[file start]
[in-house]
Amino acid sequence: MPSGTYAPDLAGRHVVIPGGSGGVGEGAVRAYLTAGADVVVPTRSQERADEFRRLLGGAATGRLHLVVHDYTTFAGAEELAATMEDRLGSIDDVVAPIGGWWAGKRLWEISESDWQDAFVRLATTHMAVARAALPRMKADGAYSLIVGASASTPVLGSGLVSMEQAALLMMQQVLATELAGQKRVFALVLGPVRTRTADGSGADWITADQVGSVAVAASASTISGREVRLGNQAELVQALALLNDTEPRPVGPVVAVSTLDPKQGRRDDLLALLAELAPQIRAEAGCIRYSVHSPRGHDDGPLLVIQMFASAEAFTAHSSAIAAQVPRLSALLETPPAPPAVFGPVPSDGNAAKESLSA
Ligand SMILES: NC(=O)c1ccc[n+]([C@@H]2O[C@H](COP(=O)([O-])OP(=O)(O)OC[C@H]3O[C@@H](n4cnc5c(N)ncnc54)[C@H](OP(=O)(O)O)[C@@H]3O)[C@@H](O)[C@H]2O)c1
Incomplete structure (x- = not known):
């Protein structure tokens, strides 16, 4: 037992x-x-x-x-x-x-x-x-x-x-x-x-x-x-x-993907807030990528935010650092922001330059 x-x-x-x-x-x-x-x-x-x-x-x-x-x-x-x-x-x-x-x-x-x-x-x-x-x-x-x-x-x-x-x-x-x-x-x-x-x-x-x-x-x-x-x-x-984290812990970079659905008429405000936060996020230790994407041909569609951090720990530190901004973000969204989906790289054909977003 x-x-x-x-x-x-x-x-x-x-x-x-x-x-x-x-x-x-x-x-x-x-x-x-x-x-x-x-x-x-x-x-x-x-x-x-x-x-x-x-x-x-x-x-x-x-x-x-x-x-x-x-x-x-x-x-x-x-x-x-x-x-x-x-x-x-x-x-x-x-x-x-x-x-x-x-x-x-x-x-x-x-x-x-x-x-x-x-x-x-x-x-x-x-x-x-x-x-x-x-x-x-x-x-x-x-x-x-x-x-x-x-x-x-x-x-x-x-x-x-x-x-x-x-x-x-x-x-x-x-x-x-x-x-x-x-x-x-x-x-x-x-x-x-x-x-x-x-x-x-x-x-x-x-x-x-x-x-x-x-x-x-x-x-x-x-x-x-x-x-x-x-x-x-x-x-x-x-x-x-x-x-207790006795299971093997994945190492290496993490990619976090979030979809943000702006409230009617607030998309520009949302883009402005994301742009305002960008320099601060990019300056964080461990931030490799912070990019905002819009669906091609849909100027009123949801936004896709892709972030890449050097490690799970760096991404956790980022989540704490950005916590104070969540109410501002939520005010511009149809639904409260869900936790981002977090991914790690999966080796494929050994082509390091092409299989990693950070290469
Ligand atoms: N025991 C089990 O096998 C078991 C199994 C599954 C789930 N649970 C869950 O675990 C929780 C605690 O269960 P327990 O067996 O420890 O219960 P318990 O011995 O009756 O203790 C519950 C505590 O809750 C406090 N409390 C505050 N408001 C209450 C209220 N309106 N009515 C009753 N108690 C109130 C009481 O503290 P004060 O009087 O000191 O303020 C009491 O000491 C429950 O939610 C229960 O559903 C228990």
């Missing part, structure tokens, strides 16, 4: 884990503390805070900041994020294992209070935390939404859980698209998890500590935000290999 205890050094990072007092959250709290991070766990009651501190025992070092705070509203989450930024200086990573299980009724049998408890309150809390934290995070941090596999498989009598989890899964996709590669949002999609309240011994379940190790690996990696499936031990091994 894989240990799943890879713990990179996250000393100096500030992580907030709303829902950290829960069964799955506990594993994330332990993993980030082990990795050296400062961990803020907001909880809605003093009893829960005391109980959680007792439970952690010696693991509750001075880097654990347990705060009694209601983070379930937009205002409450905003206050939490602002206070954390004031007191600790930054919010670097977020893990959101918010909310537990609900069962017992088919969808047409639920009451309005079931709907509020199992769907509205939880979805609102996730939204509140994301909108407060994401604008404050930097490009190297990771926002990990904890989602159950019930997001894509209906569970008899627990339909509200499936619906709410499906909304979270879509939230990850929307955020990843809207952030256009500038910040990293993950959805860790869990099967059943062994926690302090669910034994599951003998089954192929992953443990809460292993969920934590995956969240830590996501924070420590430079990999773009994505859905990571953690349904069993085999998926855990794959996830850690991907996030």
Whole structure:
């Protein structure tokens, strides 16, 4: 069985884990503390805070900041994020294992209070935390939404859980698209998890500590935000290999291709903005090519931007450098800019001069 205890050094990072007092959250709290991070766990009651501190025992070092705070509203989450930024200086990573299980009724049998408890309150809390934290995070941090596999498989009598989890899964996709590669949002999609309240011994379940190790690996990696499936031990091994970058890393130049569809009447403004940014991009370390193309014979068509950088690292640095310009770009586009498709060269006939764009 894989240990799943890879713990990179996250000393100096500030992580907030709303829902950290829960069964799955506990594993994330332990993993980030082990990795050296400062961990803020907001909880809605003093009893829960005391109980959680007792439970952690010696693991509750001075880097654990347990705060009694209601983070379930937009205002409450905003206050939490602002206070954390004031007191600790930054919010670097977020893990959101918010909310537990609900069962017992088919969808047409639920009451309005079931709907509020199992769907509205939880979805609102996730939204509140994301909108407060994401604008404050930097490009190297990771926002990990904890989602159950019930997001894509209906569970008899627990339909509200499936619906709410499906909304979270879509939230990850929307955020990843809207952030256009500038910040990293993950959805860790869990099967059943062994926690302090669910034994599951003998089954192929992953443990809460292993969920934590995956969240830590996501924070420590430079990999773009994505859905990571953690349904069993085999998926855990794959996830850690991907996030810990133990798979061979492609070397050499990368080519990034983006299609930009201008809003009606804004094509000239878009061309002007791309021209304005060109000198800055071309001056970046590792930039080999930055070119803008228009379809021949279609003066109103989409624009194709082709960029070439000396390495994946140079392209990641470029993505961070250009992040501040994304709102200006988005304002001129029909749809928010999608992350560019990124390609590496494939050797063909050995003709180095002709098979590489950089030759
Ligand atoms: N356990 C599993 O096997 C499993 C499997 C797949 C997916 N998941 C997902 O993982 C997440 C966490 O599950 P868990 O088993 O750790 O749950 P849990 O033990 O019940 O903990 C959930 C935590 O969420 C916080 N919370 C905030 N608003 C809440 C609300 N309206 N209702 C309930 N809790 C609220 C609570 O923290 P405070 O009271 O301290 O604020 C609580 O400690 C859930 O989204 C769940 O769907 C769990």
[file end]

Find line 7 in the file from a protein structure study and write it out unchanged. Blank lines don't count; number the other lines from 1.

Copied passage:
């Missing part, structure tokens, strides 16, 4: 884990503390805070900041994020294992209070935390939404859980698209998890500590935000290999 205890050094990072007092959250709290991070766990009651501190025992070092705070509203989450930024200086990573299980009724049998408890309150809390934290995070941090596999498989009598989890899964996709590669949002999609309240011994379940190790690996990696499936031990091994 894989240990799943890879713990990179996250000393100096500030992580907030709303829902950290829960069964799955506990594993994330332990993993980030082990990795050296400062961990803020907001909880809605003093009893829960005391109980959680007792439970952690010696693991509750001075880097654990347990705060009694209601983070379930937009205002409450905003206050939490602002206070954390004031007191600790930054919010670097977020893990959101918010909310537990609900069962017992088919969808047409639920009451309005079931709907509020199992769907509205939880979805609102996730939204509140994301909108407060994401604008404050930097490009190297990771926002990990904890989602159950019930997001894509209906569970008899627990339909509200499936619906709410499906909304979270879509939230990850929307955020990843809207952030256009500038910040990293993950959805860790869990099967059943062994926690302090669910034994599951003998089954192929992953443990809460292993969920934590995956969240830590996501924070420590430079990999773009994505859905990571953690349904069993085999998926855990794959996830850690991907996030």